At the 15th BIMP-EAGA Ministerial Meeting held 1 October 2010 at Kuching, Sarawak, the countries decided to streamline the strategic thrusts of the program into three pillars in order to focus and further consolidate various sectoral initiatives. Taking into account the recommendations of the ASEAN Midterm Review (MTR), as well as recent directives from the Summit meetings, it was decided that the BIMP-EAGA program would be structured around three strategic pillars, namely: (i) Enhanced Connectivity; (ii) Food Basket Strategy; and (iii) Tourism Development (Figure 2).  At the 20th BIMP-EAGA Ministerial Meeting, held at Cagayan de Oro, Philippines on 20-21 October 2011, a fourth strategic pillar on Environment was added, consistent with the Roadmap’s thrust on natural resources management, and to highlight the urgency of addressing the new environmental challenges in the region.  The IB is thus anchored on the four strategic pillars that will guide cooperation over the five-year period 2012-2016.

The 10-Point Agenda being put forward by former president Gloria-Macapagal Arroyo has particularly afforded the strategic opportunity for Mindanao to significantly contribute to the overall development efforts of the national government and that of BIMP-EAGA. It may be noted that the development strategies for Mindanao aptly mirror the thrusts of the national government.

Mindanao’s strategic location in Asia Pacific makes it a potential hub for transport, business, and telecommunications, among others. Mindanao in BIMP-EAGA was dubbed as Asia’s playground in the 21st century due to our exquisite tourism assets, rich water resources and favorable climatic condition. Mindanao’s rich soil and typhoon-free climate allows us to produce bountiful agricultural and fishery products.

The creation of BIMP-EAGA served as a window for global opportunities for Mindanao and Palawan.  However, when the Asian financial crisis hit the subregion, the growth area was heavily affected.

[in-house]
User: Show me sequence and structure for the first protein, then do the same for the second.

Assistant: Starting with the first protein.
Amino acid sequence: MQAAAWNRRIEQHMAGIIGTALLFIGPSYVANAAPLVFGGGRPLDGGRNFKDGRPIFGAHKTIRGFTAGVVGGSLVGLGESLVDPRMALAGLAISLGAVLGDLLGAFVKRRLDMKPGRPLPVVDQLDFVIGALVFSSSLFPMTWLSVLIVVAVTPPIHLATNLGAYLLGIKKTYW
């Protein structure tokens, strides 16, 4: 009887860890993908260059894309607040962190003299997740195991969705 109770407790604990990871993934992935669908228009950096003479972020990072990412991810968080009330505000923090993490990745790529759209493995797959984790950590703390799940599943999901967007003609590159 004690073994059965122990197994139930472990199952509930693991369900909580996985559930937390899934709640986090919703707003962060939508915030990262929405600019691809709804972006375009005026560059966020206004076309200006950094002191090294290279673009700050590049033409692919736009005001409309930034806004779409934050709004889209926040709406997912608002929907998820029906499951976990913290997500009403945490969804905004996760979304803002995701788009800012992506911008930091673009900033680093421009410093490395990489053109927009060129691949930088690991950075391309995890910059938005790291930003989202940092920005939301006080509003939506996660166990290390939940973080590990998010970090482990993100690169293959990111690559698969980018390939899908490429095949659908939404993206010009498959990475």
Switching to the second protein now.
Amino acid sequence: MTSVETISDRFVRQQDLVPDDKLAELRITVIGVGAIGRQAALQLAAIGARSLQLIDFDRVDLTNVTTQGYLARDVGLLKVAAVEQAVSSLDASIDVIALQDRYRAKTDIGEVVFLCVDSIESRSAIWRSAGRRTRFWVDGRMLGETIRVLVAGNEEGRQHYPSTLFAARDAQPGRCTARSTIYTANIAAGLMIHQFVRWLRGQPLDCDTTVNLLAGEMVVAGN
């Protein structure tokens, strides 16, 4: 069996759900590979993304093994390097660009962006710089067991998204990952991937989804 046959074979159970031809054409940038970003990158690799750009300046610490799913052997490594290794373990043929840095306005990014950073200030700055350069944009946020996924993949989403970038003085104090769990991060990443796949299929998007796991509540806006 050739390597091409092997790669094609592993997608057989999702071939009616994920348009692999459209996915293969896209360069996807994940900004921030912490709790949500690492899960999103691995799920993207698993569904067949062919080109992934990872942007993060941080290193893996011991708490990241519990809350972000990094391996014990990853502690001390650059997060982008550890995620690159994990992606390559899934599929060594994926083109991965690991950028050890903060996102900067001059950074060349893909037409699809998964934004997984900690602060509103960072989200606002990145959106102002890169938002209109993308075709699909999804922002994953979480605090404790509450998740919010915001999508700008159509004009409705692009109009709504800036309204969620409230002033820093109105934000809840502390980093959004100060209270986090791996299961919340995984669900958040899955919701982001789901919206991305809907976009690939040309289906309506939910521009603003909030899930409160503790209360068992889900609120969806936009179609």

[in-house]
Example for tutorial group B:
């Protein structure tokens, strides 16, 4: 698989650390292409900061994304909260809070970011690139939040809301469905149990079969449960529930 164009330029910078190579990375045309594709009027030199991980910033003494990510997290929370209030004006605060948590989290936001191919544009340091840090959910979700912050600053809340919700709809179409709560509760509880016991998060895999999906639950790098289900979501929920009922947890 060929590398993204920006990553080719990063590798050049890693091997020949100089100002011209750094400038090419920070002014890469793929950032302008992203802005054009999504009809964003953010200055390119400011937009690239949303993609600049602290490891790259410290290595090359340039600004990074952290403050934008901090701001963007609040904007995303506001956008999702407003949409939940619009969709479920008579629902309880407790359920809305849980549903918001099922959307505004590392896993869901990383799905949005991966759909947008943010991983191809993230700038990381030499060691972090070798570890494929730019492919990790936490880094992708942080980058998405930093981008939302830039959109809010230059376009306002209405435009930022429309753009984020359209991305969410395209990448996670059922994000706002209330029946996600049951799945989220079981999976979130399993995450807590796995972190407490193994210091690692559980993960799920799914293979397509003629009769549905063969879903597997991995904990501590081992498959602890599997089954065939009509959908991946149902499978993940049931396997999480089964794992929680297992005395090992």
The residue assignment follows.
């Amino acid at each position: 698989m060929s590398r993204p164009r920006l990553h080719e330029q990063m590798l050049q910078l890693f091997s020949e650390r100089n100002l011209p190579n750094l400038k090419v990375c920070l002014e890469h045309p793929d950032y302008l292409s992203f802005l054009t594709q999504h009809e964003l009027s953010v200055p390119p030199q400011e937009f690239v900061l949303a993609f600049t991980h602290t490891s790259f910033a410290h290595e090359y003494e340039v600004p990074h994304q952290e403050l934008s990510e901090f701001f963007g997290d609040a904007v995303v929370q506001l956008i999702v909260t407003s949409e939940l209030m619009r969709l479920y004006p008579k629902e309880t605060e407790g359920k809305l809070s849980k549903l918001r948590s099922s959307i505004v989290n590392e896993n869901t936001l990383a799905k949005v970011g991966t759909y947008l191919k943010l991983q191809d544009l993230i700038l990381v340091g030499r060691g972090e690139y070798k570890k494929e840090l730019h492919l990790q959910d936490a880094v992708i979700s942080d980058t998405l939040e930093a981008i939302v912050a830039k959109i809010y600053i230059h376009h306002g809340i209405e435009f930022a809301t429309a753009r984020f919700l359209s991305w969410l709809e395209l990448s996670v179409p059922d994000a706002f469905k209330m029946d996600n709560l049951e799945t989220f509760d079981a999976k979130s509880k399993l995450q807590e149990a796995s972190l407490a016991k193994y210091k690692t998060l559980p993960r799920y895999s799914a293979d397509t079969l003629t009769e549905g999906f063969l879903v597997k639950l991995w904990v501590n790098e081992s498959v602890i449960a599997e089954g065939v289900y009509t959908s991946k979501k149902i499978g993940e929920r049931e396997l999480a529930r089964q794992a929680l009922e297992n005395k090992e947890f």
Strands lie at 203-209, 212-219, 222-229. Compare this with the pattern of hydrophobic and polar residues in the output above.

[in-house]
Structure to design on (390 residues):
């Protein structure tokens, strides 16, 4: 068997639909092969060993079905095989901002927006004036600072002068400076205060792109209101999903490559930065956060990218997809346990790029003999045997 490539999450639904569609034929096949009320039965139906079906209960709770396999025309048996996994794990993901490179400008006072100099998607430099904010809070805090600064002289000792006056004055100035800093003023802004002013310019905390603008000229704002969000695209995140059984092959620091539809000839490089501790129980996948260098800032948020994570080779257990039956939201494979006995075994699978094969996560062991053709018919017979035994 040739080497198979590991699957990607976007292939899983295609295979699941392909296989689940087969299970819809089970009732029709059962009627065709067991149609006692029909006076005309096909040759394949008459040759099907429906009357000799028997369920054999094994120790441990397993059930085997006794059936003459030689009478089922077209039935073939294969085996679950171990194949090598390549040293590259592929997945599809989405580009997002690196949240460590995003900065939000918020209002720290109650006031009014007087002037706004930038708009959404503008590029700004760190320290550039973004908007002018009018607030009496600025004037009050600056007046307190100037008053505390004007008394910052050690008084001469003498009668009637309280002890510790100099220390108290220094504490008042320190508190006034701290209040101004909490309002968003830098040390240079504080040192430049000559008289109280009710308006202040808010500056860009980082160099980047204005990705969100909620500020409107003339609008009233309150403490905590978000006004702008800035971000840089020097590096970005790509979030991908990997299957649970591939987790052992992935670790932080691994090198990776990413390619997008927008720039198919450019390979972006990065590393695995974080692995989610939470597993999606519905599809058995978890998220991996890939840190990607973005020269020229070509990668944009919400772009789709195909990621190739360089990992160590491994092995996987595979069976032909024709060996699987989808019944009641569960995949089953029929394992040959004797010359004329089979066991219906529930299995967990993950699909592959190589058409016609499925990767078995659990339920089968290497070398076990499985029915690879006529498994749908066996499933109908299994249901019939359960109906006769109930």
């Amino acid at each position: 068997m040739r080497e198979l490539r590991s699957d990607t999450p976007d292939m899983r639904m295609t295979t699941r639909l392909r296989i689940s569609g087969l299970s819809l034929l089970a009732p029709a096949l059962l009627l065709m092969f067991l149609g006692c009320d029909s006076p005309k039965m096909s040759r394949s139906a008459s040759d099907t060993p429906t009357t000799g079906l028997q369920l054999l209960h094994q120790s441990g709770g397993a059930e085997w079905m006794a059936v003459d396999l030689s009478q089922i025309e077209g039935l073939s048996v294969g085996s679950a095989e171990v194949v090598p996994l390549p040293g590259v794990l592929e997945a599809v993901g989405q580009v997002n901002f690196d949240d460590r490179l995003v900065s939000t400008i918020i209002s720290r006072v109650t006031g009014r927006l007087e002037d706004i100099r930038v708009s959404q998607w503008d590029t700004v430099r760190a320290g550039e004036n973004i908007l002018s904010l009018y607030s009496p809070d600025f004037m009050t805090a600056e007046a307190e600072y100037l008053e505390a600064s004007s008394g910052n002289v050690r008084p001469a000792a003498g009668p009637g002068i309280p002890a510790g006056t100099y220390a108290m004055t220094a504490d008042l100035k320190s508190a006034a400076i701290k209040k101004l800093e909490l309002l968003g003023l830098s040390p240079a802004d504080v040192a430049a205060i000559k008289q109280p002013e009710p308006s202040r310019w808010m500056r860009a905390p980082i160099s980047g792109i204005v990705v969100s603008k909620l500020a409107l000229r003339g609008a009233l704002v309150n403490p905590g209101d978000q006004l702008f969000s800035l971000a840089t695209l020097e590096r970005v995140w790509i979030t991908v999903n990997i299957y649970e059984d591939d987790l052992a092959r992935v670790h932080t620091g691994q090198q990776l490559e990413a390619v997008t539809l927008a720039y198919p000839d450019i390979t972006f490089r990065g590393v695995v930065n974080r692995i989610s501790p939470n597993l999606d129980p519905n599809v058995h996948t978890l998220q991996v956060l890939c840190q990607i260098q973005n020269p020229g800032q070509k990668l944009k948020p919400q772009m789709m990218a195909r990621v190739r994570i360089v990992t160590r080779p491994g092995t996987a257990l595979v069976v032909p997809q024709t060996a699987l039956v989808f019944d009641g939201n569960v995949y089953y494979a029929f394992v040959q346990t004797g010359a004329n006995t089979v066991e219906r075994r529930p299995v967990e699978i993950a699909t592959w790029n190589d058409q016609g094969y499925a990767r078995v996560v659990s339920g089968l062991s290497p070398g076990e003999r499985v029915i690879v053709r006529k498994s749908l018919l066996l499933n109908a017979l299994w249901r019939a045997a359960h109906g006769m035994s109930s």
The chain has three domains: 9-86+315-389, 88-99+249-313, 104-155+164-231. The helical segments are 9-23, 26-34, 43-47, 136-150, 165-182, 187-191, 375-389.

The Asian financial crisis reduced the power of currencies in the ASEAN. As the four (4) member countries had weak currencies, intra-regional trading ceased to be a viable proposition. Further, BIMP-EAGA failed to tap markets external to the BIMP-EAGA for potential dollar earners such as tourism and exports.

In Mindanao and Palawan, the once successful air routes and sea linkages had to fold-up its operations. The Samal Island Casino Resort stopped operations due to the decline in the island’s tourism industry. There was also a noticeable decline in BIMP-EAGA activities during this time.

Early Gains

During the first four years of BIMP-EAGA, policy modifications like exemption of the travel tax, the decentralization of Philippine Contractors Accreditation Board (PCAB) functions, uniform port tariff agreements between the Philippines and Indonesia, reduction of port dues and dockage fees, accreditation of hospitals for medical examination, discounted rates for telephone calls within BIMP-EAGA were attained through the efforts of the various BIMP-EAGA Working Groups.

Relevant BIMP-EAGA information was consolidated in the Directory of Training Institutions, EAGA Banker’s Director, Labor Market Information Compendium, Fishermen’s Handbook, and the FishLink.